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Ocean Park Hong Kong, Halloween 2023
Photograph: Courtesy Ocean Park Hong Kong

Best events happening in Hong Kong this October

We’ve got you covered for the whole month

Jenny Leung
Edited by
Jenny Leung
Written by
Time Out Hong Kong

October has arrived, which means Autumn is slowly making its way to the city. Of course, October also means there'll be all kinds of spooky Halloween activities to look forward to at the end of the month. But before that, you can keep yourself occupied with some of the coolest events to show your face at this month. From art exhibits and cultural festivals to various pop-up stores that will satisfy any foodie in town, there's a whole lot of entertainment to watch out for this month.

RECOMMENDED: Looking to head of the hills instead? We've got you covered too. Soak in those autumn feels at the best places to see autumn leaves in Hong Kong, check out these picturesque cycling routes or challenge yourself to one of Hong Kong's best hiking trails.

Best things to do in Hong Kong in October

Hong Kong Ballet presents ‘The Great Gatsby’
Photograph: Courtesy Hong Kong Ballet

Hong Kong Ballet presents ‘The Great Gatsby’

Get ready for the glitz and glam of the Roaring Twenties in New York as Hong Kong Ballet’s critically acclaimed melodrama ‘The Great Gatsby’ returns for eight performances at the Hong Kong Cultural Centre from October 27 to 29 and November 4 to 5.

A tale of the enigmatic, self-made millionaire Jay Gatsby, who is in search for his long-lost love, the show reflects the disintegration of social values and the pursuit of luxury and pleasure. The production brings F. Scott Fitzgerald's classic novel to life with stunning visuals, stylish dancing, shocking scandals, and live jazz music performed by Billy Novick’s Blue Syncopators and award-winning blues singer E. Faye Butler. It also features local veteran dancer Wong Tan-ki’s tap dancing and Academy Award-winning designer Tim Yip’s original art deco sets and costumes. 

Learn more about the programme here and grab your tickets on URBTIX today.

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  • Restaurants
  • Central

Lee Tung Avenue’s popular bar and resto, The Baker & The Bottleman, is heading to Landmark to offer its signature products like artisanal pastries, bread, and savoury treats, including lunch sets, coffee, and tea.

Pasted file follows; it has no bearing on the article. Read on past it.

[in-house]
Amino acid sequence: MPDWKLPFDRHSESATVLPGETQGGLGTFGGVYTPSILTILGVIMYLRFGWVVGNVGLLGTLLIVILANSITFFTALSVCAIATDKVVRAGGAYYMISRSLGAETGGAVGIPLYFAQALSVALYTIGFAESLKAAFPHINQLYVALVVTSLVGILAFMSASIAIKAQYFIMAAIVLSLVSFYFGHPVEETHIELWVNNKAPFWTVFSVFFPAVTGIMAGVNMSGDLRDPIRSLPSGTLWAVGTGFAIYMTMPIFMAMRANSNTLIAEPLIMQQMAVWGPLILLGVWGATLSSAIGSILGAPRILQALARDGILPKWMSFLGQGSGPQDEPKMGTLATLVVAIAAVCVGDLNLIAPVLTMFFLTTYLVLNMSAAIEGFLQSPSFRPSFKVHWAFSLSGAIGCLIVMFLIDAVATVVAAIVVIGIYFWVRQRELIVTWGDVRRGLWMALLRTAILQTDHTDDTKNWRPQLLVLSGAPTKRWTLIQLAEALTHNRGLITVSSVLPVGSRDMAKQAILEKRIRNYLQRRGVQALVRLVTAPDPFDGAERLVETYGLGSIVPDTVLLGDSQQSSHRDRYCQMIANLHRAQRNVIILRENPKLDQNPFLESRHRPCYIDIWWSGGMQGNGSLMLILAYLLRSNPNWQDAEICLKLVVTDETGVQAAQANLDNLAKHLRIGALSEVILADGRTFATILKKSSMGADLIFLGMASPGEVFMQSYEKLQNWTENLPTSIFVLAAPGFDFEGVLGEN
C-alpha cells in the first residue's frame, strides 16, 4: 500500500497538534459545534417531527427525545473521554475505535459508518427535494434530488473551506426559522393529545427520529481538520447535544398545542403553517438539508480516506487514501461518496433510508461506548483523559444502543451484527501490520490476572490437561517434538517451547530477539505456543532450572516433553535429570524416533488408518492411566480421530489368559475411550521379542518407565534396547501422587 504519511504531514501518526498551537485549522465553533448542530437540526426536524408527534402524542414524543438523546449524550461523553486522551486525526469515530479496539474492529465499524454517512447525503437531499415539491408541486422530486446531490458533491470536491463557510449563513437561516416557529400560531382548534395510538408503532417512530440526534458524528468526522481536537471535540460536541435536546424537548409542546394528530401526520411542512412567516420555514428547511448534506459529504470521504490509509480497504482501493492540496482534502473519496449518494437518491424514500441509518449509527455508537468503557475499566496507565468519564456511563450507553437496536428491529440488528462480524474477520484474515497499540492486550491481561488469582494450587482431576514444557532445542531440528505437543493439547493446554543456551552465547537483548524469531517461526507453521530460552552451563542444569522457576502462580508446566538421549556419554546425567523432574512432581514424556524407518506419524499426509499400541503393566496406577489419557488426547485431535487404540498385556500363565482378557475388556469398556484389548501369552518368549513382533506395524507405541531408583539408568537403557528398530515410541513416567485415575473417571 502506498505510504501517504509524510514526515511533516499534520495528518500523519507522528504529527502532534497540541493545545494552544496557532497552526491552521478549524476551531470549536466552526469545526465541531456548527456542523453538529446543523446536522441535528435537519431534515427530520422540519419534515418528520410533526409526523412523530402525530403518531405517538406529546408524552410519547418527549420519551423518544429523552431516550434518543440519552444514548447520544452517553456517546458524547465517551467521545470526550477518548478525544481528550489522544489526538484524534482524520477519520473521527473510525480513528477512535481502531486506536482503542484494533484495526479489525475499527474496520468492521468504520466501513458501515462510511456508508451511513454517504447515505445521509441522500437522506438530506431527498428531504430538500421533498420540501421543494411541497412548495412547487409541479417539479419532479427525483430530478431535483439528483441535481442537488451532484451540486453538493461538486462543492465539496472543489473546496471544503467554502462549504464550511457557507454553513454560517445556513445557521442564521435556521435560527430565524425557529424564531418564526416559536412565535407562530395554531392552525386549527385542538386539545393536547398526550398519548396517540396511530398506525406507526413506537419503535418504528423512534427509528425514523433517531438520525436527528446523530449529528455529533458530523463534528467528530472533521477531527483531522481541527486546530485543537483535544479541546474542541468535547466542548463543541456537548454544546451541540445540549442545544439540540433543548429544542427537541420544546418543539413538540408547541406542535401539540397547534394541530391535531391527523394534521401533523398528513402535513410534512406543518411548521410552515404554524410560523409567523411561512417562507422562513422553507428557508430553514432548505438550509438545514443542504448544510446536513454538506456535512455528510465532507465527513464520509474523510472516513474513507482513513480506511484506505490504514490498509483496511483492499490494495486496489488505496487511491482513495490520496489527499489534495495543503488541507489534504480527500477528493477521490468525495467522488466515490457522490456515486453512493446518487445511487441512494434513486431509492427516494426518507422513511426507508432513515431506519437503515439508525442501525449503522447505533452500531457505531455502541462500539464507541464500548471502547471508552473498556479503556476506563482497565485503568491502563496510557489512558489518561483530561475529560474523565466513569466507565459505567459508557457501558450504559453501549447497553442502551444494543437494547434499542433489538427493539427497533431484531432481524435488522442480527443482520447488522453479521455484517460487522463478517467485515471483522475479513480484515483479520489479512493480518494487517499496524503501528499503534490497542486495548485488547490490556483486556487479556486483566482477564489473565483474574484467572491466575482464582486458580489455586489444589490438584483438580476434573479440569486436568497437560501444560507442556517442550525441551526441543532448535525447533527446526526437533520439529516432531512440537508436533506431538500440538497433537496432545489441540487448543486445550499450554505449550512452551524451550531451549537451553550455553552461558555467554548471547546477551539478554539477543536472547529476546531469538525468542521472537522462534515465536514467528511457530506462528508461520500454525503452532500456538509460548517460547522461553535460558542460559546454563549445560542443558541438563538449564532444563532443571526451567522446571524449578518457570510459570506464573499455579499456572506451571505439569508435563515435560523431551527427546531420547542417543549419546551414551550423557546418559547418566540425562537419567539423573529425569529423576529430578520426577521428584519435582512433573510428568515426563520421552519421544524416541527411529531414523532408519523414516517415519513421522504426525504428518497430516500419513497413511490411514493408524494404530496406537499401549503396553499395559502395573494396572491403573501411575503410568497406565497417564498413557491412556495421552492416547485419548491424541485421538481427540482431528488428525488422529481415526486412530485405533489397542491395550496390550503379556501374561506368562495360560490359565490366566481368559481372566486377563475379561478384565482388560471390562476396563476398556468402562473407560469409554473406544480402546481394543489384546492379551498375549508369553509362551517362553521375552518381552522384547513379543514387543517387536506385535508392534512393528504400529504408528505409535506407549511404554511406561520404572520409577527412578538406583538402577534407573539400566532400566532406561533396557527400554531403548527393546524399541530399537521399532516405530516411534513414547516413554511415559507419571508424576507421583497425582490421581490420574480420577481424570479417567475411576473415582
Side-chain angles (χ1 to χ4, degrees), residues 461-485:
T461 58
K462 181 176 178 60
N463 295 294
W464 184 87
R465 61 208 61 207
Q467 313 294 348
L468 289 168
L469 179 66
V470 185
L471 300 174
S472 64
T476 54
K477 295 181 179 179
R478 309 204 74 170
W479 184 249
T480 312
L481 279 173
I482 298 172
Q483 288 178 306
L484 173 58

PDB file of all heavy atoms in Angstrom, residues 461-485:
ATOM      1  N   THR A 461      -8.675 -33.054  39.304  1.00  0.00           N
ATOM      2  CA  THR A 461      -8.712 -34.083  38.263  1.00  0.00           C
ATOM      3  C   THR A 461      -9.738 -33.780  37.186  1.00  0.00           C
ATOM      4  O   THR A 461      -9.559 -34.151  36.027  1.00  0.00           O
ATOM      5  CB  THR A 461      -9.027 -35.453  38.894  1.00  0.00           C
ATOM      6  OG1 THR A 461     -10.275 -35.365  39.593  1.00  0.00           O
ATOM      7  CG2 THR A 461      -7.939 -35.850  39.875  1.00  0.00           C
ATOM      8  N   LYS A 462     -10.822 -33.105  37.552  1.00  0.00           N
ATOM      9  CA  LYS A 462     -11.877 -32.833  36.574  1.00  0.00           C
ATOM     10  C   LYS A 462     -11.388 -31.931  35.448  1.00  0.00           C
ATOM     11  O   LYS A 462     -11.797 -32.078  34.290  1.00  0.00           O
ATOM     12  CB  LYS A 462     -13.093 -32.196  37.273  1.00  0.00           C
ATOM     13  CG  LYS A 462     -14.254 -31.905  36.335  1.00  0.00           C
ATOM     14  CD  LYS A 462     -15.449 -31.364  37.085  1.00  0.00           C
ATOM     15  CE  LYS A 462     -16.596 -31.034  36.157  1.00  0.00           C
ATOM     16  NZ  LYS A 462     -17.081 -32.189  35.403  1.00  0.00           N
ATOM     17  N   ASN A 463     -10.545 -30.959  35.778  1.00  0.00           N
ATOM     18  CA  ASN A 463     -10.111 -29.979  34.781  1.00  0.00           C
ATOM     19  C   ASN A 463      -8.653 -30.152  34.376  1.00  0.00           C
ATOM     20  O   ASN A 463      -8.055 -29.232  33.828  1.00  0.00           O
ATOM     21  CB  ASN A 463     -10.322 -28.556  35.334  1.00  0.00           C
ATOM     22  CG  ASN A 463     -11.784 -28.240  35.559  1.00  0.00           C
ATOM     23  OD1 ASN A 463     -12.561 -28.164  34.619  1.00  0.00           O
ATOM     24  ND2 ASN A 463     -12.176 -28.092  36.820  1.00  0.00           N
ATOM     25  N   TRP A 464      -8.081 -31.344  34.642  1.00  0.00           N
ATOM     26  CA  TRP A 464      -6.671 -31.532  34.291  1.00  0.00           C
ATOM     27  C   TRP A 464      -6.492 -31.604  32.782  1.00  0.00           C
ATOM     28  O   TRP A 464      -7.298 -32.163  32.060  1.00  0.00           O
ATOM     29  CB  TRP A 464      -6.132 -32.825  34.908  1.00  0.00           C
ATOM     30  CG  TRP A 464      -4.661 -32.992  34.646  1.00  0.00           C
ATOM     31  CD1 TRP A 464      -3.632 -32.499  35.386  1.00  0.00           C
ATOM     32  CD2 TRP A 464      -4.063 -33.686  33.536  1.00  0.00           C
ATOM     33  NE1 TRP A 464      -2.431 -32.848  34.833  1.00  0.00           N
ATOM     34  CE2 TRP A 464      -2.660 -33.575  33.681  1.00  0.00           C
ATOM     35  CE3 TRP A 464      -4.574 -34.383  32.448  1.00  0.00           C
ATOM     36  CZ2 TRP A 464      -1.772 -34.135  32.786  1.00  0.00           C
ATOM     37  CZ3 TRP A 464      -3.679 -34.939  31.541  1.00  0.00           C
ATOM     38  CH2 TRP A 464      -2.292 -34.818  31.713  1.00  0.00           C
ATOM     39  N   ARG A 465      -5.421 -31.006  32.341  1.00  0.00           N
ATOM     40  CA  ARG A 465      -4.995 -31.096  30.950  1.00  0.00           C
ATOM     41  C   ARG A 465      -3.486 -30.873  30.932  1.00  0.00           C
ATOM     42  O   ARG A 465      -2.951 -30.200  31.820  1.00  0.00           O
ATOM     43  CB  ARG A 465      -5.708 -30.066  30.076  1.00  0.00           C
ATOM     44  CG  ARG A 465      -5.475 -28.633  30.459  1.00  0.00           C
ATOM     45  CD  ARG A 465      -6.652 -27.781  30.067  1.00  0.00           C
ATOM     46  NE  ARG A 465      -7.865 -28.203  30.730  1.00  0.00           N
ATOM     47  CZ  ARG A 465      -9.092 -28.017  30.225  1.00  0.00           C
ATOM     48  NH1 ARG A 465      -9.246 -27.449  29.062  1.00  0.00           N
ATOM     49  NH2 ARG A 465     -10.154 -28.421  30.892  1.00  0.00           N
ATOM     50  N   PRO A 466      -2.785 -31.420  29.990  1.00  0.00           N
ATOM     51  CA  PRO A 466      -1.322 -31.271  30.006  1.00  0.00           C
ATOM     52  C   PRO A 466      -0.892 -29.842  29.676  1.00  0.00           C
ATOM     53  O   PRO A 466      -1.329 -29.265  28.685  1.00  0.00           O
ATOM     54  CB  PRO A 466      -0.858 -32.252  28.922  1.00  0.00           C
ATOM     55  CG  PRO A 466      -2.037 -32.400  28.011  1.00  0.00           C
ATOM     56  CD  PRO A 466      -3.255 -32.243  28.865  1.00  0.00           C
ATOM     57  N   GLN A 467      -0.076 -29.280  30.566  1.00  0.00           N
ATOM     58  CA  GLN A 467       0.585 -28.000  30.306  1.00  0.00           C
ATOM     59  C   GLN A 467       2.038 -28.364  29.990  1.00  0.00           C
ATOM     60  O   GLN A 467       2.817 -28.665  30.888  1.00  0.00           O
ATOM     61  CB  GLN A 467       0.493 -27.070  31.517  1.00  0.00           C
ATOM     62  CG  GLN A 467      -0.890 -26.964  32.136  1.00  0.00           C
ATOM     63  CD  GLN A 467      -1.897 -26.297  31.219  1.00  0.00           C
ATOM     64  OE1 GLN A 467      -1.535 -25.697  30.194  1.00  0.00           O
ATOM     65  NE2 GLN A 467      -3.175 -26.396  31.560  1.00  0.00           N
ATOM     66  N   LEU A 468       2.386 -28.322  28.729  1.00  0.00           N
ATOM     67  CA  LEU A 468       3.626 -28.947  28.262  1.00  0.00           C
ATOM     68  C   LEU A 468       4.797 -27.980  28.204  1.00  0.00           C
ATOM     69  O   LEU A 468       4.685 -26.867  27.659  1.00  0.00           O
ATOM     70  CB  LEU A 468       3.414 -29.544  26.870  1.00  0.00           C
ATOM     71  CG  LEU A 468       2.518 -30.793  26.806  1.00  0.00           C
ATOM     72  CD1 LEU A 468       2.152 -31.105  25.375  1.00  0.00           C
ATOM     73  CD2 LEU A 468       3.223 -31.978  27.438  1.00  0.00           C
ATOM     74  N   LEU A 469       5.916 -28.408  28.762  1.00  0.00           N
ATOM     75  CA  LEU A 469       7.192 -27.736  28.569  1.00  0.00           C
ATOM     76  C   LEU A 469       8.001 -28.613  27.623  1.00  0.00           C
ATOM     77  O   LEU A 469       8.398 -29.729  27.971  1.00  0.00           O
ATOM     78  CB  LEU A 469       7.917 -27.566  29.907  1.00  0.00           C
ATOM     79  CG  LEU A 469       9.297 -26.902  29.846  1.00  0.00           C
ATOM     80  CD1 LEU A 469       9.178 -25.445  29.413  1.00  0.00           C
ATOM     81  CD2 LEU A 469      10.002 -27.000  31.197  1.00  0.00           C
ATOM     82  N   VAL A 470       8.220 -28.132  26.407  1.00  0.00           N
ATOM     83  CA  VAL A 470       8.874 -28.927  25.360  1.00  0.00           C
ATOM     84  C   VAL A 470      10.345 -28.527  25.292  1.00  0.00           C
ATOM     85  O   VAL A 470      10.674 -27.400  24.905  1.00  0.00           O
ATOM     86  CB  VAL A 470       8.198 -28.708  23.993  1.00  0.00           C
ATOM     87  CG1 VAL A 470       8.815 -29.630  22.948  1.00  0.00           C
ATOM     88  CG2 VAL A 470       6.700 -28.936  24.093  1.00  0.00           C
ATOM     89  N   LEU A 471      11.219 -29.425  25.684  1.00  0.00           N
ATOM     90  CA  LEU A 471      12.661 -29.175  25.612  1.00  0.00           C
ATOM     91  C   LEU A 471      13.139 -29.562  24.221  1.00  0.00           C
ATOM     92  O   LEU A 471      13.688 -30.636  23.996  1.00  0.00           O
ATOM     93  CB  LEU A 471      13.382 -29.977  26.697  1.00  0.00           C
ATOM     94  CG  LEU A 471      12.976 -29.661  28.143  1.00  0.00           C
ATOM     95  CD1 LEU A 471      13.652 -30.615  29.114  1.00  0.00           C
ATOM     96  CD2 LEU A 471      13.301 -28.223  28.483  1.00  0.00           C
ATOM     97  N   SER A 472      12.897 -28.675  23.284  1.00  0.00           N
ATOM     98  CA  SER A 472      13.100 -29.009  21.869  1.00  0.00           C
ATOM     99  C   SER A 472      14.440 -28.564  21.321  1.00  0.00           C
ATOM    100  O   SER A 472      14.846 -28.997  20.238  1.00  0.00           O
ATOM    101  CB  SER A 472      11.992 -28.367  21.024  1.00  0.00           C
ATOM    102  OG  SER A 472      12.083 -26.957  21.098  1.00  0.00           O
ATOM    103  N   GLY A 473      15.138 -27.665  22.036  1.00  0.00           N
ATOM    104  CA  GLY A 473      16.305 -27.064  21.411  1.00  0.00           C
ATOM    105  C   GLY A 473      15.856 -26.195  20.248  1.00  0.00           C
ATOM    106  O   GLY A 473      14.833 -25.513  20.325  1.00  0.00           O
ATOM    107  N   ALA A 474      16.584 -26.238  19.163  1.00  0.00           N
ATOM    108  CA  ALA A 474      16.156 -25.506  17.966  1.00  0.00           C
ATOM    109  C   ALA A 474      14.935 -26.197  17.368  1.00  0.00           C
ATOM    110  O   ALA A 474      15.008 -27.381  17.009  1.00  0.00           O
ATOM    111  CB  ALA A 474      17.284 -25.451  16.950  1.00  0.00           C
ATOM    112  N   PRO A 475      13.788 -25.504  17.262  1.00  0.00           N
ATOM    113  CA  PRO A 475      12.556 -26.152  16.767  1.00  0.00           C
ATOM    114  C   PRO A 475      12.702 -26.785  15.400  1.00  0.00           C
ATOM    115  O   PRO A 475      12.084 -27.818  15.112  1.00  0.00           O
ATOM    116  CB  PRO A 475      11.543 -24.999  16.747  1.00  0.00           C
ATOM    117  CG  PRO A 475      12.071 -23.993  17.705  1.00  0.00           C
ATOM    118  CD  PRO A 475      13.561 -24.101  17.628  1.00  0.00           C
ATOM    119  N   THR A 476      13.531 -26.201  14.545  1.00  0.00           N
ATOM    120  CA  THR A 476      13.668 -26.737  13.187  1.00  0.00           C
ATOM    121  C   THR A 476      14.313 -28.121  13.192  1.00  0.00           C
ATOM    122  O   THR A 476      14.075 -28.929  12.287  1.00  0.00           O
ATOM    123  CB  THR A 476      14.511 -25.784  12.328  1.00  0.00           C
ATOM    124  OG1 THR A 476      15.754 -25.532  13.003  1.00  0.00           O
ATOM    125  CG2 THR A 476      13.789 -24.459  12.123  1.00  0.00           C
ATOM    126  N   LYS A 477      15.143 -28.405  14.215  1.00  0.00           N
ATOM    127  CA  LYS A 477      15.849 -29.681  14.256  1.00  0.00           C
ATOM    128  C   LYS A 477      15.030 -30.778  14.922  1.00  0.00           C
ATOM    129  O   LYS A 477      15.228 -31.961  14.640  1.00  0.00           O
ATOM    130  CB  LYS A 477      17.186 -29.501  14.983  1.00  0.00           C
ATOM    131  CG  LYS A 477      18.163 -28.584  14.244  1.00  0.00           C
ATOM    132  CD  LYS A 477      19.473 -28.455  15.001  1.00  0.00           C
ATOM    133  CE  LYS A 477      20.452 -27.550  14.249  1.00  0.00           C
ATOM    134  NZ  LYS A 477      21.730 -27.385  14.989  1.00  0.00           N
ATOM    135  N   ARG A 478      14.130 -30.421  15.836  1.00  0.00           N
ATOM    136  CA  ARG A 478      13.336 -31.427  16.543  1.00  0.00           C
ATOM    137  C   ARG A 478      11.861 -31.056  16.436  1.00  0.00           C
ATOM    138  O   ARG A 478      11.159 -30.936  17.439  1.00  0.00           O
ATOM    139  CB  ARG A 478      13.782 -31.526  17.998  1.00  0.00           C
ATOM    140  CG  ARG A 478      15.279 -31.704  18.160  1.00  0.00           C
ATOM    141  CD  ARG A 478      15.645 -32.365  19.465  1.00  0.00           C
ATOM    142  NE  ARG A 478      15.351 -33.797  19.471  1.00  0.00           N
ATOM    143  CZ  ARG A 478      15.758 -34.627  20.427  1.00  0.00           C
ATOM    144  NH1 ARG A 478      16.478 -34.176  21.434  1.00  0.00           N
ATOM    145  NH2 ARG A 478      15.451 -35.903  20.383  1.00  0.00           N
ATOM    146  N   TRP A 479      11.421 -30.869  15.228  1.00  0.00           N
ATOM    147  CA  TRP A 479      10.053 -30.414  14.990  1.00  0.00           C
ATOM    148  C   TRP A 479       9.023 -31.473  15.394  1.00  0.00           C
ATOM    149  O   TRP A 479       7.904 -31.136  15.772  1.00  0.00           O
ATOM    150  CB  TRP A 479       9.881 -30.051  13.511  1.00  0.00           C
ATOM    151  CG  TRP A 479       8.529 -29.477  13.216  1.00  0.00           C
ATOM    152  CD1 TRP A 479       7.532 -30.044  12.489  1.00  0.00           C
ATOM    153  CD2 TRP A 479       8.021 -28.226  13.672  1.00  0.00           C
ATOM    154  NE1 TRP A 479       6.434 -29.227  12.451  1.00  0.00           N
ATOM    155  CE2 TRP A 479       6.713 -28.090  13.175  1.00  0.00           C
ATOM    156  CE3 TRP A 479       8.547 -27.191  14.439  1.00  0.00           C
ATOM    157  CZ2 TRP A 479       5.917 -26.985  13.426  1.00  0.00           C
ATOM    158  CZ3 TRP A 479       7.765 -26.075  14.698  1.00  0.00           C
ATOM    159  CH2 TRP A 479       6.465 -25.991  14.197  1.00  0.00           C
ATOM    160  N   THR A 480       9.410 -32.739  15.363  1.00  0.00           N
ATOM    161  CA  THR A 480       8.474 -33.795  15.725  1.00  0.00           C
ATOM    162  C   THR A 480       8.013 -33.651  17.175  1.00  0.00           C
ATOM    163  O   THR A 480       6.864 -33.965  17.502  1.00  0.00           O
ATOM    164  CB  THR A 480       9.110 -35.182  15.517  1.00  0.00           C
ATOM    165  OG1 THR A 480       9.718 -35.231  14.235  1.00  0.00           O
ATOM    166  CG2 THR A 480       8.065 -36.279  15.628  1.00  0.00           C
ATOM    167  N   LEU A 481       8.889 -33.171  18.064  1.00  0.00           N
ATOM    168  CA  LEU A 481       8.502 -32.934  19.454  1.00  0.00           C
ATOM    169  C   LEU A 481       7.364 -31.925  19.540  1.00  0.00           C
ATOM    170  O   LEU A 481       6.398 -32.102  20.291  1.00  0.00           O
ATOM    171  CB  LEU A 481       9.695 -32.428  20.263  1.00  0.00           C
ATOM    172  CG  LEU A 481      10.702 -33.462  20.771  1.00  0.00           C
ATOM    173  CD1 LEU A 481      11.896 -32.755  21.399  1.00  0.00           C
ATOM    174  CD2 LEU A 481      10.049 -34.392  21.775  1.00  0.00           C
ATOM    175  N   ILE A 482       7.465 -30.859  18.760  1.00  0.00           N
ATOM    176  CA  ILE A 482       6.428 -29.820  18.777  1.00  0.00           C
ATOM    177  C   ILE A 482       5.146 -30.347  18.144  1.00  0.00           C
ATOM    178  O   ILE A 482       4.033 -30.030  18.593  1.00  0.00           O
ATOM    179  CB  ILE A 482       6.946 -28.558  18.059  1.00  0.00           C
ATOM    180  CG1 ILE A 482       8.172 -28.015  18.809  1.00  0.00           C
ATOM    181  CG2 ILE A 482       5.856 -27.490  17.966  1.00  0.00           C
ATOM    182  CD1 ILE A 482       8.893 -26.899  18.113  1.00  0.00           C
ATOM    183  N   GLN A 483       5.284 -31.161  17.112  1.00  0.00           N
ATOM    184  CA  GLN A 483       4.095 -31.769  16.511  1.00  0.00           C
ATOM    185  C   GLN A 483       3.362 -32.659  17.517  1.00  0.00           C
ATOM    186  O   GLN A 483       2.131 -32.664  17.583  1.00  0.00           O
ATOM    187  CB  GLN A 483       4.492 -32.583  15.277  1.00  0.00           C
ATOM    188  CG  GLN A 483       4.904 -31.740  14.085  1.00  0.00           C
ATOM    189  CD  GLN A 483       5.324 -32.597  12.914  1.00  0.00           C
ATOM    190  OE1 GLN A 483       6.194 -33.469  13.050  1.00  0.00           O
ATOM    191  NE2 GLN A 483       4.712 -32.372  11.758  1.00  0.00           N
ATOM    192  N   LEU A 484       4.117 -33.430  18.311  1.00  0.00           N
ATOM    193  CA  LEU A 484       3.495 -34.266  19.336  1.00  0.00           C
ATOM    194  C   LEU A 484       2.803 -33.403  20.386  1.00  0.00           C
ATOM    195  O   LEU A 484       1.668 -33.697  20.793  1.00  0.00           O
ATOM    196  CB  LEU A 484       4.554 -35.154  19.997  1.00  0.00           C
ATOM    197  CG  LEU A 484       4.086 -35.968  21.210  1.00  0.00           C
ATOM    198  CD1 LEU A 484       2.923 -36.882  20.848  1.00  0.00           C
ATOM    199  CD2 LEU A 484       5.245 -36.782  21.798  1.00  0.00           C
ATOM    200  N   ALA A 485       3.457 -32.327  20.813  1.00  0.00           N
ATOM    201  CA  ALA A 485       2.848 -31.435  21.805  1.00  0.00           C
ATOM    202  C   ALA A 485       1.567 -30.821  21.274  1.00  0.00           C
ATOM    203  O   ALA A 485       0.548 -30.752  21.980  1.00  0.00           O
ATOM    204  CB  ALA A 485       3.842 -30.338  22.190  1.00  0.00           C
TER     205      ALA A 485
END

The pop-up store will be located on Shop 239, 2/F of Landmark, and will be open for six months starting in September. Patrons can enjoy freshly baked pastries, including some flaky croissant variations (starts at $28), cranberry and dark chocolate scones ($25), and savoury treats, like sesame sausage roll ($25), caramelised onion tart ($32), among others. Come by on September 14 to 16, from 12pm onwards, order some of their baked items and get a chance to enjoy complimentary coffee (limited quota of 50 complimentary cups per day) made from quality beans by the award-winning Oasis Coffee Roasters from Taiwan. Pre-order items from The Baker & The Bottlemen eshop to enjoy $5 off per item (only for the lunch and breakfast sets). 

  • Art
  • Tsim Sha Tsui

If you've been around the harbourfront area at Tsim Sha Tsui lately, you might have noticed the huge swimming pool installation located outside the Hong Kong Museum of Art (HKMOA). Created by Hong Kong artist Chan Wai-lap, the installation – titled, Some of Us are Looking at the Stars – is part of HKMOA's Harbour Wonder exhibition, which also features a set of six art installations by local artist Tsoi Wai-kuen. Standing four-metre-tall and 11-metre-long, Chan's installation invites audiences to step into a fantasy world that draws on his personal memories and experiences of swimming pools, while exploring themes of public and private spaces. The installation plays with light, sound, and even the weather to create an ever-changing scene for those who step inside. 

Meanwhile, Tsoi's set of six art installations – titled, A symphony of delights – takes inspiration from iconic buildings and their exterior designs on both sides of Victoria Harbour, including the Cultural Centre, HKCEC, and IFC. Sitting at Art Square in the forecourt of HKMoA, the installations come in both dynamic and static form, acting as playful 'landmarks' for people to relax and enjoy the beautiful scenery amidst the hustle and bustle of the city. 

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